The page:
Stand By Me is an upcoming isekai fantasy otome RPG developed by indie studio, Fish Attic Games. As an RPG-visual novel hybrid, the game offers players the best of both worlds—the rich storytelling of a visual novel, and the intractability of an RPG.
After a deadly accident, you wake up in the unfamiliar land of Desideria, assuming the equally unfamiliar identity of Ciel Rozenbleu – a sorceress in the royal military. With no knowledge about your new identity, you will need to learn more about the world around you and the people you encounter. But, with Desideria in the midst of a conflict with a neighboring country, you will need to decide whether you will stay loyal to the country Ciel once served or if you will carve out a new path with your own hands.
Continue reading “First Impressions: Stand By Me Demo”
Note, these are not reviews, rather recommendations so your mileage may vary with some of these titles. This week’s post will include a brief synopsis and links to each game so you can add them to your gaming library! You don’t have to break the bank to enjoy your hobbies, so save a little bread and check this week’s thrifty gaming picks!
Continue reading “Thrifty Gaming: Games That Won’t Blow Your Budget #76”
Emotive and poignantly beautiful, Mojiken Studio’s point and click adventure, When The Past Was Around is a game that stays with you long after you’ve reached it’s conclusion. Beneath it’s gorgeous visuals and soothing soundtrack hides a bittersweet, tale of love, loss, and learning to move on. Follow Eda through a surreal world disjointed rooms solving puzzles, as you piece together her fragmented memories and uncover the truth behind her relationship with her enigmatic lover, The Owl.
When The Past Was Around is not one of the flashier indie titles to make it’s way to the Nintendo Switch, and yet it is it’s unassuming air that makes it stand out from the rest of the console’s indie lineup. It’s a straightforward puzzle adventure game that doesn’t rely on gimmicks to convey its story. Instead the game is completely devoid of dialogue, letting the gorgeous hand-drawn visuals and soothing instrumental tracks tell the story of Eda and her enigmatic lover.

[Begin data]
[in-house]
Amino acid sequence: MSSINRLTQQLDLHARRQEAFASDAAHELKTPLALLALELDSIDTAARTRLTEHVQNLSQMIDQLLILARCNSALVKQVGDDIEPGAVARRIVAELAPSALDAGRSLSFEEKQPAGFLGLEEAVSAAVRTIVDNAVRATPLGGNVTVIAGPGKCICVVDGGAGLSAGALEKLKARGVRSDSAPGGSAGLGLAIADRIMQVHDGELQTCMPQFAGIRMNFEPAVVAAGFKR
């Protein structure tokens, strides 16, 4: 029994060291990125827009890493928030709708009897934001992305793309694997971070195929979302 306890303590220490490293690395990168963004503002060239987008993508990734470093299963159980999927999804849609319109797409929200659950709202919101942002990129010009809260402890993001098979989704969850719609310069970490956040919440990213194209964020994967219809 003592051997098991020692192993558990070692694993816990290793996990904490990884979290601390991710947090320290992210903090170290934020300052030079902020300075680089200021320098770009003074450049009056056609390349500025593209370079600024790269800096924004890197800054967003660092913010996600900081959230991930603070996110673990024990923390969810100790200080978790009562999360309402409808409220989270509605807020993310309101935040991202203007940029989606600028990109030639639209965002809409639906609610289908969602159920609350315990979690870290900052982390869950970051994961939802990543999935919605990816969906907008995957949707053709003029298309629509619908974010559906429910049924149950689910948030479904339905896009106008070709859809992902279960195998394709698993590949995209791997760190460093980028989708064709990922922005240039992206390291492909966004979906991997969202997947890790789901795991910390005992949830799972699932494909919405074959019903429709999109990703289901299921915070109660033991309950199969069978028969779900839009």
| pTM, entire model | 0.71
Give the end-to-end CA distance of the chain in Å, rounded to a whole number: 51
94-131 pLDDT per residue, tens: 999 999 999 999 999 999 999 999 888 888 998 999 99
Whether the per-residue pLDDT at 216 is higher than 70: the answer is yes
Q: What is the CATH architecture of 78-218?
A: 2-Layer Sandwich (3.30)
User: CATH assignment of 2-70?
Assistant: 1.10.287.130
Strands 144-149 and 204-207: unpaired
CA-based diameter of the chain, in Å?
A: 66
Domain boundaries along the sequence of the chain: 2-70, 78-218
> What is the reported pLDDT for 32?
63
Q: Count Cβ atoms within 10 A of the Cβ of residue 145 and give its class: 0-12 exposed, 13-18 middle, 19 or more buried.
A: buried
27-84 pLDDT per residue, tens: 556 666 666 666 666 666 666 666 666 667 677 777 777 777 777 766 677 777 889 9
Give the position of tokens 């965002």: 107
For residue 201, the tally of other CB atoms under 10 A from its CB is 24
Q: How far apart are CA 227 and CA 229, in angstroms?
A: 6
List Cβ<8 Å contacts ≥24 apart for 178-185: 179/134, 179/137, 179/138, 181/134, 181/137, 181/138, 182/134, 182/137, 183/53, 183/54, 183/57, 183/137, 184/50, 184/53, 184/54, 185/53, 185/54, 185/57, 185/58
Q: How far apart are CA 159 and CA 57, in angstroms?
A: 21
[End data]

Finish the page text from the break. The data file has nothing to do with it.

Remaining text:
Continue reading “When The Past Was Around is a Beautifully Bittersweet Point-and-Click Adventure”
D3 Publisher and developer VRIDGE have announced that otome visual novel Bakumatsu Renka Shinsengumi: Jinchuu Houkoku no Shi will be released in English, for Switch and Steam. It will launch sometime in 2021 with Japanese audio and English, Japanese, and Traditional Chinese text support.
The Western release will be solely digital–available through the Nintendo eShop and Steam catalogue, while the Japan release, will be available both physically and digitally.
Bakumatsu Renka Shinsengumi first launched for PlayStation 2 in December 2004 in Japan, followed by DS in November 2008. The updated, Bakumatsu Renka Shinsengumi: Jinchuu Houkoku no Shi features high-resolution support, system improvements, and more.
Continue reading “Otome Game Bakumatsu Renka Shinsengumi: Jinchuu Houkoku no Shi announced for Switch and Steam”
Hey Blerdy Tribe!! It’s Monday once again and I want to kick off the week with some melanin friendly games! If this is your first time here at Blerdy Otome, welcome!
Every Monday I spotlight video games that focus on stories surrounding more diverse casts of characters—for folks like me looking for a bit more representation in their games. Video games are for everyone, so shouldn’t their stories and characters be just as diverse as the people that play them? So I created this series to celebrate games that strive to tell much more diverse stories centering on Black and Brown individuals. But, I welcome all diversity and the series has expanded to include games featuring LGBTQIA rep and characters from other underrepresented groups.
So, if you’re interested in seeing previous melanin friendly games posts, click HERE. This week, I’m spotlighting the emotional visual novel, The Space in Between, from Sondering Studios.
Continue reading “Melanin Friendly Games: The Space in Between”